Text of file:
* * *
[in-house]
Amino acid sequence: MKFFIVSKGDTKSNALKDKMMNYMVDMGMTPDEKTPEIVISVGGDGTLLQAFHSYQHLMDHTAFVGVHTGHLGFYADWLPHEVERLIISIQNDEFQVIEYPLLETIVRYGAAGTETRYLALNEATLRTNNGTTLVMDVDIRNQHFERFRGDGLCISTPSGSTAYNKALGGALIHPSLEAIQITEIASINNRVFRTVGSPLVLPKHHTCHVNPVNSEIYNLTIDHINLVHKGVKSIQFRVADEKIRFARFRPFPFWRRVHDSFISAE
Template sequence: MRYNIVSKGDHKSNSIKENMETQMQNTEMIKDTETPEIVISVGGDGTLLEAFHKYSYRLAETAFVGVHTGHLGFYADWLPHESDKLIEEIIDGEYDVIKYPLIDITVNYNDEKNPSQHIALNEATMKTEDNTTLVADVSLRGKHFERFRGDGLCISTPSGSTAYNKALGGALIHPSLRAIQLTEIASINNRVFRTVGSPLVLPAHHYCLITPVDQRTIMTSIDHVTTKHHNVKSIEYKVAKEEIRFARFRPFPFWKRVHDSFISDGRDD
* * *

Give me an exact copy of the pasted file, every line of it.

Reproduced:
[in-house]
Amino acid sequence: MKFFIVSKGDTKSNALKDKMMNYMVDMGMTPDEKTPEIVISVGGDGTLLQAFHSYQHLMDHTAFVGVHTGHLGFYADWLPHEVERLIISIQNDEFQVIEYPLLETIVRYGAAGTETRYLALNEATLRTNNGTTLVMDVDIRNQHFERFRGDGLCISTPSGSTAYNKALGGALIHPSLEAIQITEIASINNRVFRTVGSPLVLPKHHTCHVNPVNSEIYNLTIDHINLVHKGVKSIQFRVADEKIRFARFRPFPFWRRVHDSFISAE
Template sequence: MRYNIVSKGDHKSNSIKENMETQMQNTEMIKDTETPEIVISVGGDGTLLEAFHKYSYRLAETAFVGVHTGHLGFYADWLPHESDKLIEEIIDGEYDVIKYPLIDITVNYNDEKNPSQHIALNEATMKTEDNTTLVADVSLRGKHFERFRGDGLCISTPSGSTAYNKALGGALIHPSLRAIQLTEIASINNRVFRTVGSPLVLPAHHYCLITPVDQRTIMTSIDHVTTKHHNVKSIEYKVAKEEIRFARFRPFPFWKRVHDSFISDGRDD